By Angela Harrison

Why do celebrities (almost) always look phenomenal in their clothes? They’re human, they’re not a different species from us — and yet, their bodies seem to wear everything perfectly. Realistically, that level of “perfection” takes about four to five behind-the-scenes people to execute what we see on talk shows, red carpets, and social media. While this kind of maintenance is unrealistic for everyday life, the techniques used to achieve these flawless looks are easily accessible and often overlooked. All you really need is the right style of bra for what you’re wearing, and well-fitting shapewear.  

Bras: Sizing, Styles, and Full of Secrets

Let’s start off with sizing — if you haven’t been fitted for a bra within the last two years, start there. This is something you can have a professional do at your favorite lingerie department or store, or you can do it at home with the help of Google and YouTube. Most women are wearing the wrong bra size, and those bras are usually smaller than your true measurement. Find your actual bra size, compare to your purchased sizes, and go from there.

Bras are a major factor in dressing. Not only do they support your bust line, they also can affect the fit of your clothing. The correct size can create more definition in your body type proportions — for example, it could transform a pear shape into a more hourglass look. When your upper body proportions are larger than your natural waist, items like blouses and dresses tend to lay on the body in a more flattering manner. The fabric can skim the rest of the torso/hips, rather than bunch. Now, this in no way refers to a large bust; this theory of fit applies to all sizes — when your bra fits correctly, your posture improves, lending to a better fit in your clothing.

So aside from fit, the other key factor to making or breaking an outfit is bra style. There are thousands of styles out there — t-shirt, plunge, strapless, wireless, push-up, you get it. The secret to making your bra work for you is identifying the style you need for your specific look. If we’re talking everyday bras, whether it’s work or casual, comfort is usually most important. Look for wide shoulder straps to alleviate digging, wide/smooth bands for back support, and also cup coverage. Fabric is also an important factor; styles with lace trim or sewn-on detail can tend to look bumpy under t-shirts, so keep it simple.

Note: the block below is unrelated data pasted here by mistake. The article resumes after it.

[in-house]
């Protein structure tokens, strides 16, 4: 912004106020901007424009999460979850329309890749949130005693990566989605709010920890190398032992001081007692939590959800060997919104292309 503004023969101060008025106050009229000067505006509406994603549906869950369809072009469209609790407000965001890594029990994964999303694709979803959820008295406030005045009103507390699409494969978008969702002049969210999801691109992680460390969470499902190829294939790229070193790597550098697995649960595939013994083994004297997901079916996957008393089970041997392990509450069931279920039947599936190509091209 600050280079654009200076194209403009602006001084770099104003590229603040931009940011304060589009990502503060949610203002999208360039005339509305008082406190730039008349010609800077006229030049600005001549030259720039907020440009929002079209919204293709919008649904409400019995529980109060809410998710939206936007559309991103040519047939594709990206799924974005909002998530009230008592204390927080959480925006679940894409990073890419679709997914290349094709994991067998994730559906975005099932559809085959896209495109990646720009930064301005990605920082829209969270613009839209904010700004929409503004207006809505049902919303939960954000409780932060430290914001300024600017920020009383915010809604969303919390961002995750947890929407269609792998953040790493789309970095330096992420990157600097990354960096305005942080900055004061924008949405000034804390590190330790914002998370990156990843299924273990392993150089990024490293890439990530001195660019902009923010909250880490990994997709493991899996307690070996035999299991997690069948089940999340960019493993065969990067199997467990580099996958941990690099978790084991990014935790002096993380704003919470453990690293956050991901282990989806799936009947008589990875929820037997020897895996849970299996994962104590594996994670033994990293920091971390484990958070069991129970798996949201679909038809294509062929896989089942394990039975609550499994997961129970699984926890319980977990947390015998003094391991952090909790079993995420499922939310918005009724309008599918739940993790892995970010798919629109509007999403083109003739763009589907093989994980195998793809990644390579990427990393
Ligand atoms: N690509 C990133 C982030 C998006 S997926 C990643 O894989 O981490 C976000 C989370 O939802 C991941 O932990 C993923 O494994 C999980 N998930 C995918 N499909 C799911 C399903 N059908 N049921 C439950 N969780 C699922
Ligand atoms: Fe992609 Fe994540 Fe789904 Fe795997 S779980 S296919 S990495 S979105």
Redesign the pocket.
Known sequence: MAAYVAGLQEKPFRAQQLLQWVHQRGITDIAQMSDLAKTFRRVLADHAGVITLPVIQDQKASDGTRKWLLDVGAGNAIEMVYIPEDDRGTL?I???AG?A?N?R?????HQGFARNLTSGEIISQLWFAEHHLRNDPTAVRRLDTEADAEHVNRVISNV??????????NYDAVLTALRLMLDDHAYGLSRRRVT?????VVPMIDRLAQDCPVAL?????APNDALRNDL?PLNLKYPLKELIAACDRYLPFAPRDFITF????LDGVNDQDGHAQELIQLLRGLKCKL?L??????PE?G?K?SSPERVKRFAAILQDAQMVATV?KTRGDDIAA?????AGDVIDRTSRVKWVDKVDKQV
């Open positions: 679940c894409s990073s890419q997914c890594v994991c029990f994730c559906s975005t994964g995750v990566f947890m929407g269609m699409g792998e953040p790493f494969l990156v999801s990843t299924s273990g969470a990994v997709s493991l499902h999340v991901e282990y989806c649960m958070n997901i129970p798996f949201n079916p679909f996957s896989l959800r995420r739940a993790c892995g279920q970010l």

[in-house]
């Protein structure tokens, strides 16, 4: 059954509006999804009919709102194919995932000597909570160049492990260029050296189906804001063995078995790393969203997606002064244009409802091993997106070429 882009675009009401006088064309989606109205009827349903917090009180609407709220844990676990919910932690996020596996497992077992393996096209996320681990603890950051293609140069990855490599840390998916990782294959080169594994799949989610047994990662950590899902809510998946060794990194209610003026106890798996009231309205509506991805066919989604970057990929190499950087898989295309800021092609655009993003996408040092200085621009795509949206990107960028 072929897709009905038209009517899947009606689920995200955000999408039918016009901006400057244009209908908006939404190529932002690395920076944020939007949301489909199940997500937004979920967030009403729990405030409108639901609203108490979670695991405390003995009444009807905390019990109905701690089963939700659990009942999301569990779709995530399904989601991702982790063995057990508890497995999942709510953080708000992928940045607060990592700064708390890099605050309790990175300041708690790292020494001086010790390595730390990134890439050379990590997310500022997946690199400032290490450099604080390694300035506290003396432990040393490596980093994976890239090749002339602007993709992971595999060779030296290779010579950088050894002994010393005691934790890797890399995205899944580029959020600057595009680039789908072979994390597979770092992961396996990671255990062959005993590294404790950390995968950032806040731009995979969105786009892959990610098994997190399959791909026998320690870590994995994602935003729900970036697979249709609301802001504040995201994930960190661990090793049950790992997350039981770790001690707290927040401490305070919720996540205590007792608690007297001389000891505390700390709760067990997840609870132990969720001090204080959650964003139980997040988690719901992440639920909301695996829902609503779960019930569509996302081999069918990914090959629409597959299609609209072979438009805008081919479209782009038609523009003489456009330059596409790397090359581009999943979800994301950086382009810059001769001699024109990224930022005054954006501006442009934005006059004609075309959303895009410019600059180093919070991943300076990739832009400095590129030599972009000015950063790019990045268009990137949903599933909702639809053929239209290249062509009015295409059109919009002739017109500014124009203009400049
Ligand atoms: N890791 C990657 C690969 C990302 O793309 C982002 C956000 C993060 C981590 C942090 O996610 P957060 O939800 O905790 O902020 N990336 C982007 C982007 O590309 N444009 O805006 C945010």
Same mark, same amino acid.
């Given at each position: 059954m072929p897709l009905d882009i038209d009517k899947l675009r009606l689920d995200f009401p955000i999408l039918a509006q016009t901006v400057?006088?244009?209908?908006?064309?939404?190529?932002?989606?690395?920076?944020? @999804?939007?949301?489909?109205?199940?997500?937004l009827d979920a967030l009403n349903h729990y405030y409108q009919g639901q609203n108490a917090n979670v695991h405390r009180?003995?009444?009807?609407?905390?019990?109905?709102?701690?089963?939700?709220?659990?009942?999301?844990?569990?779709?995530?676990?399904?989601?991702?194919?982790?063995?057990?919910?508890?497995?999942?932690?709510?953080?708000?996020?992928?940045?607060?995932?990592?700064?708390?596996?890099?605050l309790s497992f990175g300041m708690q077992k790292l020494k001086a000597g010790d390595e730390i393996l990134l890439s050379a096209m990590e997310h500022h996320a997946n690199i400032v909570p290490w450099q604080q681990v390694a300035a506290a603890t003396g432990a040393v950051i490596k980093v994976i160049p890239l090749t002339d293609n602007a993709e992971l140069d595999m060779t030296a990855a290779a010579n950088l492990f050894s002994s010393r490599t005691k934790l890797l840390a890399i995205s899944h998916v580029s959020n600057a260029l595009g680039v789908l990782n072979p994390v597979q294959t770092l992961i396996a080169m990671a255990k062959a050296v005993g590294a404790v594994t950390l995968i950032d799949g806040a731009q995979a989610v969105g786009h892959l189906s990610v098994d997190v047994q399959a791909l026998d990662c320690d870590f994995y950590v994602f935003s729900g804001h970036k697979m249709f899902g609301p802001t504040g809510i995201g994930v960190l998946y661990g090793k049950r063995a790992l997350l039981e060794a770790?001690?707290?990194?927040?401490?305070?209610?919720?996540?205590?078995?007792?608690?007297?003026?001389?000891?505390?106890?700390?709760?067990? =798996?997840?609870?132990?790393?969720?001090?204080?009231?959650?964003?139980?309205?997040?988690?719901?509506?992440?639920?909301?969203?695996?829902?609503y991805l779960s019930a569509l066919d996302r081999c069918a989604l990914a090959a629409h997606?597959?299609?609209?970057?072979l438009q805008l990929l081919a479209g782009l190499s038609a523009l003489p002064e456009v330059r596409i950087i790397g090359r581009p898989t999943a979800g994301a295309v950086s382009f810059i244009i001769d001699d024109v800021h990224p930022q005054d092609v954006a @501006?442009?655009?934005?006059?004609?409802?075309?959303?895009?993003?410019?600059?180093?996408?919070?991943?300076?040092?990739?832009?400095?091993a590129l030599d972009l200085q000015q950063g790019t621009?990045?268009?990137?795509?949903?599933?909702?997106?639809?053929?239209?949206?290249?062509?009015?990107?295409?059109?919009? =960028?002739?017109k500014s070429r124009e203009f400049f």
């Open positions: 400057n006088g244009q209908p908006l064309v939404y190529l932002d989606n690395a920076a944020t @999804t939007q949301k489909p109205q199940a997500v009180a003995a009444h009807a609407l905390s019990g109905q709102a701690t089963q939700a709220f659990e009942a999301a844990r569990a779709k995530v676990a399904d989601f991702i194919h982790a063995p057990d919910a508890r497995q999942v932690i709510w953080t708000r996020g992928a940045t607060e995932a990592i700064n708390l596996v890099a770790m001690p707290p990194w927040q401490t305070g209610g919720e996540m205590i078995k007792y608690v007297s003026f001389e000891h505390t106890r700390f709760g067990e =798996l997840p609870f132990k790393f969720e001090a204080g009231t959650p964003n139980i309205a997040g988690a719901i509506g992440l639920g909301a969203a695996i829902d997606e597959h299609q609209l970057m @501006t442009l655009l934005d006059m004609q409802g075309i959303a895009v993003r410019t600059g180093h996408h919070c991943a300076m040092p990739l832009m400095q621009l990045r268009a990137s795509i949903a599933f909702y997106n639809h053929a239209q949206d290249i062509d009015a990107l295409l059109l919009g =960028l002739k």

When it comes to evening wear, bras are essential. How many times have you seen a celebrity on the red carpet, or a Kardashian going to Walgreens, and wondered how their cleavage is breaking all laws of physics in a plunge top or backless gown? You may not be able to track it, but there’s a bra-mechanism present at all times. Red carpet is where undergarments get the most advanced, and sometimes busts are even held up with duct tape if necessary (Google that one before trying at home, or you’ll be sorry). But a lot of these bras are readily available for everyone, there’s no Hollywood secret. Depending on your support needs and coverage, unconventional, barely-there bras can range from stick-on pasties (to avoid slippage), gel stick-on cups, U-shaped wired bras and corsets for deep plunge, over-the-shoulder lift for backless garments, long-line bras for extra support and definition, and so on. If you’re someone with a larger bust who only tries dress or top styles that suit a conventional strap/strapless bra, try these different styles on in stores or at home; you’ll be surprised at how many styles you can wear and still feel supported and covered.